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Editorial
April 2017

Screening for Coronary Artery Disease at an Earlier Age

Author Affiliations
  • 1Cardiovascular Division, Department of Medicine, Brigham and Women’s Hospital, Harvard Medical School, Boston, Massachusetts
  • 2Department of Radiology, Brigham and Women’s Hospital, Harvard Medical School, Boston, Massachusetts
  • 3Department of Preventive Medicine, Northwestern University Feinberg School of Medicine, Chicago, Illinois
  • 4Department of Medicine (Cardiology), Northwestern University Feinberg School of Medicine, Chicago, Illinois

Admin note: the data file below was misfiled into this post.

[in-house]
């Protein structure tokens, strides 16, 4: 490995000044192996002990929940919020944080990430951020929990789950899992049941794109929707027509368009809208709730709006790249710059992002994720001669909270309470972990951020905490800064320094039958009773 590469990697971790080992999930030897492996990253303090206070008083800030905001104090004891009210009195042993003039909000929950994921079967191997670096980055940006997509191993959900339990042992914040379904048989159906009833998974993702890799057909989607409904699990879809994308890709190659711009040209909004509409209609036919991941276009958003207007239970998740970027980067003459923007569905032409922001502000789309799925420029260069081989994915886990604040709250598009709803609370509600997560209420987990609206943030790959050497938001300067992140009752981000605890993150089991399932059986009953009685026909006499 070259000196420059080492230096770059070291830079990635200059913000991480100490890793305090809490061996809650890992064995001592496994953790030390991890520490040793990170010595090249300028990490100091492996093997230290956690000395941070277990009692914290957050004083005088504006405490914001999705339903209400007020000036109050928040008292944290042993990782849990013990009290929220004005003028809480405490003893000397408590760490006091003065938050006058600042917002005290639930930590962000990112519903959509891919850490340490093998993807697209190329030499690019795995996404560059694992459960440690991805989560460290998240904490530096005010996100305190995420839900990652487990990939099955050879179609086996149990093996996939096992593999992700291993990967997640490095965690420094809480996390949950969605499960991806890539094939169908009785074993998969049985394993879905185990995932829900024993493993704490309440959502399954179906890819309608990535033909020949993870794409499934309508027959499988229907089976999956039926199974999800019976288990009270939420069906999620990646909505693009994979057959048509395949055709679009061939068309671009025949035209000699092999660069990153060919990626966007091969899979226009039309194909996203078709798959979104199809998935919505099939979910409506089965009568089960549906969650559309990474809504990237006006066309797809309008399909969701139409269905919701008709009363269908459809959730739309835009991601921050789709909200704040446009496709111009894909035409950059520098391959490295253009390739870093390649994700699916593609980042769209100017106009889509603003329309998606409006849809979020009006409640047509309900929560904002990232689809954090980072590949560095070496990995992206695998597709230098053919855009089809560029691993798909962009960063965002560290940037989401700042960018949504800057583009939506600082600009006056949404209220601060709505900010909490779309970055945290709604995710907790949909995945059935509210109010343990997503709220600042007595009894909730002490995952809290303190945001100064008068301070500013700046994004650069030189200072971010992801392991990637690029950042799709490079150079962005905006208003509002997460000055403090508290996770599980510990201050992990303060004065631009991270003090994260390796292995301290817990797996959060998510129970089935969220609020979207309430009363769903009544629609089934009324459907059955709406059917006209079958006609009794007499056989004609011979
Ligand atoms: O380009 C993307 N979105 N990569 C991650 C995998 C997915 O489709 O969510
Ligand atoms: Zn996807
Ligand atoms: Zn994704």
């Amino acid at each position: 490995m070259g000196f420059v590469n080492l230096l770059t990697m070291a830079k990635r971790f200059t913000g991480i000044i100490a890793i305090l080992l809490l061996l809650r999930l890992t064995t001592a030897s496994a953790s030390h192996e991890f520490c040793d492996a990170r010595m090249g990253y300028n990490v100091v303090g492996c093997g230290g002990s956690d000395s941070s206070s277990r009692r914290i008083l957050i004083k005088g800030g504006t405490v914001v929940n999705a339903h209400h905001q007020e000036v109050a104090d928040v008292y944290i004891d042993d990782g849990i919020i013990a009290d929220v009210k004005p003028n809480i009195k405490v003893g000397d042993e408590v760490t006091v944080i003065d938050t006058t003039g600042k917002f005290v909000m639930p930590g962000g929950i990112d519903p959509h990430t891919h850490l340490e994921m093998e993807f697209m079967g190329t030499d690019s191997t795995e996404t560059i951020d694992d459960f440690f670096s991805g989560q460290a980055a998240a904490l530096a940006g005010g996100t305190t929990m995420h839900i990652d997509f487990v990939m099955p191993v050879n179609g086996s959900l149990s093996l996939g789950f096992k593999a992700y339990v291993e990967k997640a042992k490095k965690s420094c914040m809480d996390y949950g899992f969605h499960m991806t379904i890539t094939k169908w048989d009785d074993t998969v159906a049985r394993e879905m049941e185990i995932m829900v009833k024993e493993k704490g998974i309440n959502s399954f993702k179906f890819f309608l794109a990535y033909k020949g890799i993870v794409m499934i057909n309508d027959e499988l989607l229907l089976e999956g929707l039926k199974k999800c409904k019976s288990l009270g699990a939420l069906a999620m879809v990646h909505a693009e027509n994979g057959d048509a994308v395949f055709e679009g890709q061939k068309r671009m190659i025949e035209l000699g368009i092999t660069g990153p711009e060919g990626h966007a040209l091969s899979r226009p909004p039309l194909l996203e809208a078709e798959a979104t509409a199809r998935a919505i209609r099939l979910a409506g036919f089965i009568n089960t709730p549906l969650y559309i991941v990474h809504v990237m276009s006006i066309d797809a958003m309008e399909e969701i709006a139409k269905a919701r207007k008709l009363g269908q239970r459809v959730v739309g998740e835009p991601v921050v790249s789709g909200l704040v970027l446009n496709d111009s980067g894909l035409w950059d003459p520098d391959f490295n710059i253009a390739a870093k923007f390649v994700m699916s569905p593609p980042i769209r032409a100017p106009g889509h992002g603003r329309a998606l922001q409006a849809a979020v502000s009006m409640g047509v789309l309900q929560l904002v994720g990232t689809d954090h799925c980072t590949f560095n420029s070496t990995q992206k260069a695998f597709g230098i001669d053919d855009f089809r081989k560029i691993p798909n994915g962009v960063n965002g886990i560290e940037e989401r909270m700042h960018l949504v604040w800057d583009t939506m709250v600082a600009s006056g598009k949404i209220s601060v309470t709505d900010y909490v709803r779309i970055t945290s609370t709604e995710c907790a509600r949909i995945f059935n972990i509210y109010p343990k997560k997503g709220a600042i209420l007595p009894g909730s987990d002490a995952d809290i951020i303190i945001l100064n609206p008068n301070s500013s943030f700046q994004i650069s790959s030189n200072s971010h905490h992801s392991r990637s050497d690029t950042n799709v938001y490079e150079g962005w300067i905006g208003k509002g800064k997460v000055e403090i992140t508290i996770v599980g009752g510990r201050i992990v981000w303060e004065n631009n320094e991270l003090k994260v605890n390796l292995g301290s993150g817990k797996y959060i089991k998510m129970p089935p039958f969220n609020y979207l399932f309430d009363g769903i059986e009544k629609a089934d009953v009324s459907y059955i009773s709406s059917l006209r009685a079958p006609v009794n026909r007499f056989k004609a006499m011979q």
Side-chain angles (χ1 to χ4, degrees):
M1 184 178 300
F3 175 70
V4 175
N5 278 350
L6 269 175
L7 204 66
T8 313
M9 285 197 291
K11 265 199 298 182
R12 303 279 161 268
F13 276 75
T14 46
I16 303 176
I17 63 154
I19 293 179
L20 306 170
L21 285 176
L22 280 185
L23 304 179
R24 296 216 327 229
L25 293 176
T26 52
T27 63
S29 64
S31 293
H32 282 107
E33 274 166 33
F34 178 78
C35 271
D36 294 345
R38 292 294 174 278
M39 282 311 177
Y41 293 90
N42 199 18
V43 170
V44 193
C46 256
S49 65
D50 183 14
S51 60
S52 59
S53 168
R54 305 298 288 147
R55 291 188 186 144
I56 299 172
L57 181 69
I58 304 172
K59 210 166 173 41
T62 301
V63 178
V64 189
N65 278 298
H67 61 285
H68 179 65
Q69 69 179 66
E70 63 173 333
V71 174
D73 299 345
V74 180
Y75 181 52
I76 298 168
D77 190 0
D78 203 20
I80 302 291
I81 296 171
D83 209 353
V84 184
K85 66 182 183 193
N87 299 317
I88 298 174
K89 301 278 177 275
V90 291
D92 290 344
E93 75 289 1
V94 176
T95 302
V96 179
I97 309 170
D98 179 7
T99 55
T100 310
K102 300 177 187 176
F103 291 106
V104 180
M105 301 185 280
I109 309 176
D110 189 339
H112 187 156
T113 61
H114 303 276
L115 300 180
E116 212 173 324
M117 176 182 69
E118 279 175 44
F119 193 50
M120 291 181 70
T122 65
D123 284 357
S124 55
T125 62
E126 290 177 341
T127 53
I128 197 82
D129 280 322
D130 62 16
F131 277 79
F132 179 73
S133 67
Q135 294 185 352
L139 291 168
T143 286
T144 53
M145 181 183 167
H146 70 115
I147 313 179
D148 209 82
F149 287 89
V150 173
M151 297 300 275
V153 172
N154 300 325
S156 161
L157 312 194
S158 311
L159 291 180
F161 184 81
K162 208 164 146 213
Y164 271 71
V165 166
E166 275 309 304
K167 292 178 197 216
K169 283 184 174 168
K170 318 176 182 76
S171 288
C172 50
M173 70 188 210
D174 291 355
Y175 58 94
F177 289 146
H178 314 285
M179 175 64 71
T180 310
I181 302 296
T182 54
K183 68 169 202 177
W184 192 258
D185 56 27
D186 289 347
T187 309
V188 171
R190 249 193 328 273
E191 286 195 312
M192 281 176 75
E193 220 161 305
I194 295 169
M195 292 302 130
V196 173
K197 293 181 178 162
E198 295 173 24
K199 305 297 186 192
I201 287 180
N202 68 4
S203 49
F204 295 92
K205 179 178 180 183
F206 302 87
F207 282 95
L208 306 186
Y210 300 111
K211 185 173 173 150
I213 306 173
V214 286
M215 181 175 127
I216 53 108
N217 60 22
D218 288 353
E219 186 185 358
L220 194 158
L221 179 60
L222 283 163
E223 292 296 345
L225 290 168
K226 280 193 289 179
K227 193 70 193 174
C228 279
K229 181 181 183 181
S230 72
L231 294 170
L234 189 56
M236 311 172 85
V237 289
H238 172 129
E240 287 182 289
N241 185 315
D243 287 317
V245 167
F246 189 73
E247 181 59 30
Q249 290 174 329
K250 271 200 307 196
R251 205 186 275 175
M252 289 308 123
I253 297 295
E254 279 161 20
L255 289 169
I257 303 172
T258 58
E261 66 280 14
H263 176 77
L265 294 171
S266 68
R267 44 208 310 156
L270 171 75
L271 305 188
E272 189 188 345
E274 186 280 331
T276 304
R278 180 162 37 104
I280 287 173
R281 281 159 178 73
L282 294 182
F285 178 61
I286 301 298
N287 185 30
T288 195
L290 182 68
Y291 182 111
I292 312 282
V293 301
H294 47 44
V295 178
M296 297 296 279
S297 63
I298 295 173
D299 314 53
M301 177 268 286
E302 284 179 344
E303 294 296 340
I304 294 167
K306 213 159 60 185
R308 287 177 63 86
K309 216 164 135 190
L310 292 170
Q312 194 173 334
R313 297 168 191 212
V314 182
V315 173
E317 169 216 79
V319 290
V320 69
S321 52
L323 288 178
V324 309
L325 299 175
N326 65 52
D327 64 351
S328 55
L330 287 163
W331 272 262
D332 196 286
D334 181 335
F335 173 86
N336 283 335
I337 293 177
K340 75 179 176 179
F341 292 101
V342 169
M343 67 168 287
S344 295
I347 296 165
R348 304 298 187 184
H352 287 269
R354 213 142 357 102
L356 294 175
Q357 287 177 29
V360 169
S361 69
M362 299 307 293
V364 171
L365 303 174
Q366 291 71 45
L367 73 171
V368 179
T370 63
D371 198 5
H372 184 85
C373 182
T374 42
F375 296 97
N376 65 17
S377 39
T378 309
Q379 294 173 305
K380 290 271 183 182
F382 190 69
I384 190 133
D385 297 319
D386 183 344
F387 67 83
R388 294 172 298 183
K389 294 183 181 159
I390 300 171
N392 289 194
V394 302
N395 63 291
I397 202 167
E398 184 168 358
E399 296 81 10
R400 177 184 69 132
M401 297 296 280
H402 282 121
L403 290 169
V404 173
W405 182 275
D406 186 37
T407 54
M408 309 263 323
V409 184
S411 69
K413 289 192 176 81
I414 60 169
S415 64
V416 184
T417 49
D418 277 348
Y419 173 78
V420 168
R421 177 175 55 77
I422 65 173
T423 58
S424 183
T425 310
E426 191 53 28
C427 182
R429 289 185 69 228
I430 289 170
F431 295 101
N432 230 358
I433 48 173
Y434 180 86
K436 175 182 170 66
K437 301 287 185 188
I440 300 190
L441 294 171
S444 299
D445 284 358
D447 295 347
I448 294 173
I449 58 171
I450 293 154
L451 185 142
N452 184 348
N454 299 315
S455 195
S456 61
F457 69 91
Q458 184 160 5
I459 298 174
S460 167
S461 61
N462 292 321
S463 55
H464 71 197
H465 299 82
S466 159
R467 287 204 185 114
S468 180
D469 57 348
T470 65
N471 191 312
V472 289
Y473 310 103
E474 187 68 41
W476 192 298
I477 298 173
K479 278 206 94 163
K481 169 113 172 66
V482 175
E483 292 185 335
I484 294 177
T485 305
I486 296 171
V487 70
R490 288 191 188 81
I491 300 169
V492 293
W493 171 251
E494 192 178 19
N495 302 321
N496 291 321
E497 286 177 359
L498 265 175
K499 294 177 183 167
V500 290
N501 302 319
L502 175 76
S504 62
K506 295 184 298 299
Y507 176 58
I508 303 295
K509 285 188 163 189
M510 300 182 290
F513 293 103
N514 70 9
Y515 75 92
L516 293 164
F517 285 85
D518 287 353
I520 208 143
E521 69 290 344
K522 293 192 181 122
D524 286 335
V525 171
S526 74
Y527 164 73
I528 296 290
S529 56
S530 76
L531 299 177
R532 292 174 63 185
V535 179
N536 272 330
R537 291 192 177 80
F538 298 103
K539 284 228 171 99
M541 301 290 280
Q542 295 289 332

JAMA Cardiol. 2017;2(4):357-358. doi:10.1001/jamacardio.2016.5552

More than 60 years ago, Gertler et al1 first described the risk factors present in 100 individuals who experienced a myocardial infarction at an age younger than 40 years. They suggested that “efforts should be made to determine which individuals have the greatest tendencies to myocardial infarction.”1(p621) Despite remarkable advances in the treatment and prevention of cardiovascular disease during the last 6 decades, the challenge to identify young individuals who are at risk for developing coronary heart disease (CHD) remains.

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